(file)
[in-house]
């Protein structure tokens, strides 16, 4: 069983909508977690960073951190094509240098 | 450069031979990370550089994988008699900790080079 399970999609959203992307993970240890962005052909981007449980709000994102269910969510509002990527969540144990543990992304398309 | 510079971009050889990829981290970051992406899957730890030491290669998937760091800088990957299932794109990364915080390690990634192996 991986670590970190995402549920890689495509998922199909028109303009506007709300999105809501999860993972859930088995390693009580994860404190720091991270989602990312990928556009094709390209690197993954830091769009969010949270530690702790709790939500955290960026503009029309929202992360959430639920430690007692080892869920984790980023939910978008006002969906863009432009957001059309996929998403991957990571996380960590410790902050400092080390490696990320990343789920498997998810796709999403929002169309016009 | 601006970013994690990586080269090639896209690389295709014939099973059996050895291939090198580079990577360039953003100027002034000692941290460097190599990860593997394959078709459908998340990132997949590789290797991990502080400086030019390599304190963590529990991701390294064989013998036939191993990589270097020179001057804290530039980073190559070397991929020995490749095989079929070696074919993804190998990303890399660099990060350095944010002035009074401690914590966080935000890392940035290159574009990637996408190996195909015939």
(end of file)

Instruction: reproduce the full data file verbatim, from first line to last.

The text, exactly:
[in-house]
């Protein structure tokens, strides 16, 4: 069983909508977690960073951190094509240098 | 450069031979990370550089994988008699900790080079 399970999609959203992307993970240890962005052909981007449980709000994102269910969510509002990527969540144990543990992304398309 | 510079971009050889990829981290970051992406899957730890030491290669998937760091800088990957299932794109990364915080390690990634192996 991986670590970190995402549920890689495509998922199909028109303009506007709300999105809501999860993972859930088995390693009580994860404190720091991270989602990312990928556009094709390209690197993954830091769009969010949270530690702790709790939500955290960026503009029309929202992360959430639920430690007692080892869920984790980023939910978008006002969906863009432009957001059309996929998403991957990571996380960590410790902050400092080390490696990320990343789920498997998810796709999403929002169309016009 | 601006970013994690990586080269090639896209690389295709014939099973059996050895291939090198580079990577360039953003100027002034000692941290460097190599990860593997394959078709459908998340990132997949590789290797991990502080400086030019390599304190963590529990991701390294064989013998036939191993990589270097020179001057804290530039980073190559070397991929020995490749095989079929070696074919993804190998990303890399660099990060350095944010002035009074401690914590966080935000890392940035290159574009990637996408190996195909015939």